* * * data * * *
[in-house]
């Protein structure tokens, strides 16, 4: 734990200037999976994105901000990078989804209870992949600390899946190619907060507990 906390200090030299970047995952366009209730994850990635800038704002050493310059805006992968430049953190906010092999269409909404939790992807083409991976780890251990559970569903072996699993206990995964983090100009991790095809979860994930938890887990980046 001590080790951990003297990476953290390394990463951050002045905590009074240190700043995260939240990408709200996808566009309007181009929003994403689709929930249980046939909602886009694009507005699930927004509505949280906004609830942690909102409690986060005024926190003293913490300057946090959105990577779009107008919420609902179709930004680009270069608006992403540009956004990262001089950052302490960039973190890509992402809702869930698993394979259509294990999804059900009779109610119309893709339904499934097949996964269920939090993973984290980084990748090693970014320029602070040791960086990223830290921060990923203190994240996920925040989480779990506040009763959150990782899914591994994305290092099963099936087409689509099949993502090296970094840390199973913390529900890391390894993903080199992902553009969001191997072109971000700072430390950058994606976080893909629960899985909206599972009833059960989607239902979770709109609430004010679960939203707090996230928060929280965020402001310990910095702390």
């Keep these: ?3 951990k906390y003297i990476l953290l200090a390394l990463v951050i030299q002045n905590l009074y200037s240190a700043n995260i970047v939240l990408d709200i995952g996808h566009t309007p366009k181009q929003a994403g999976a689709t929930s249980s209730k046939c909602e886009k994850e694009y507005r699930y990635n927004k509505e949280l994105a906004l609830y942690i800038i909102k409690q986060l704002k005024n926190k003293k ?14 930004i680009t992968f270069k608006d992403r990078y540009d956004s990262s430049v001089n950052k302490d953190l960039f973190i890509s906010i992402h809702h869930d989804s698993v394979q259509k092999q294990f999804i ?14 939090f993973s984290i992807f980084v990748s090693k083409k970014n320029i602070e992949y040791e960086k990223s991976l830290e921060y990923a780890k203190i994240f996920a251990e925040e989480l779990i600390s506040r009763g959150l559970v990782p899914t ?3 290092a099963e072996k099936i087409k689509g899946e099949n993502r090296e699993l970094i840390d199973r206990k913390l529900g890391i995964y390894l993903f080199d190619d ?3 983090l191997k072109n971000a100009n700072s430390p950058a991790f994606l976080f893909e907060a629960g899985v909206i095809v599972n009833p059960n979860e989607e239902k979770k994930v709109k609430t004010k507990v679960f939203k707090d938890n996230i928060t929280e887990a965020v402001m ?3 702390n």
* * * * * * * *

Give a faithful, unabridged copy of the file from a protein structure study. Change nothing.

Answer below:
[in-house]
């Protein structure tokens, strides 16, 4: 734990200037999976994105901000990078989804209870992949600390899946190619907060507990 906390200090030299970047995952366009209730994850990635800038704002050493310059805006992968430049953190906010092999269409909404939790992807083409991976780890251990559970569903072996699993206990995964983090100009991790095809979860994930938890887990980046 001590080790951990003297990476953290390394990463951050002045905590009074240190700043995260939240990408709200996808566009309007181009929003994403689709929930249980046939909602886009694009507005699930927004509505949280906004609830942690909102409690986060005024926190003293913490300057946090959105990577779009107008919420609902179709930004680009270069608006992403540009956004990262001089950052302490960039973190890509992402809702869930698993394979259509294990999804059900009779109610119309893709339904499934097949996964269920939090993973984290980084990748090693970014320029602070040791960086990223830290921060990923203190994240996920925040989480779990506040009763959150990782899914591994994305290092099963099936087409689509099949993502090296970094840390199973913390529900890391390894993903080199992902553009969001191997072109971000700072430390950058994606976080893909629960899985909206599972009833059960989607239902979770709109609430004010679960939203707090996230928060929280965020402001310990910095702390």
């Keep these: ?3 951990k906390y003297i990476l953290l200090a390394l990463v951050i030299q002045n905590l009074y200037s240190a700043n995260i970047v939240l990408d709200i995952g996808h566009t309007p366009k181009q929003a994403g999976a689709t929930s249980s209730k046939c909602e886009k994850e694009y507005r699930y990635n927004k509505e949280l994105a906004l609830y942690i800038i909102k409690q986060l704002k005024n926190k003293k ?14 930004i680009t992968f270069k608006d992403r990078y540009d956004s990262s430049v001089n950052k302490d953190l960039f973190i890509s906010i992402h809702h869930d989804s698993v394979q259509k092999q294990f999804i ?14 939090f993973s984290i992807f980084v990748s090693k083409k970014n320029i602070e992949y040791e960086k990223s991976l830290e921060y990923a780890k203190i994240f996920a251990e925040e989480l779990i600390s506040r009763g959150l559970v990782p899914t ?3 290092a099963e072996k099936i087409k689509g899946e099949n993502r090296e699993l970094i840390d199973r206990k913390l529900g890391i995964y390894l993903f080199d190619d ?3 983090l191997k072109n971000a100009n700072s430390p950058a991790f994606l976080f893909e907060a629960g899985v909206i095809v599972n009833p059960n979860e989607e239902k979770k994930v709109k609430t004010k507990v679960f939203k707090d938890n996230i928060t929280e887990a965020v402001m ?3 702390n």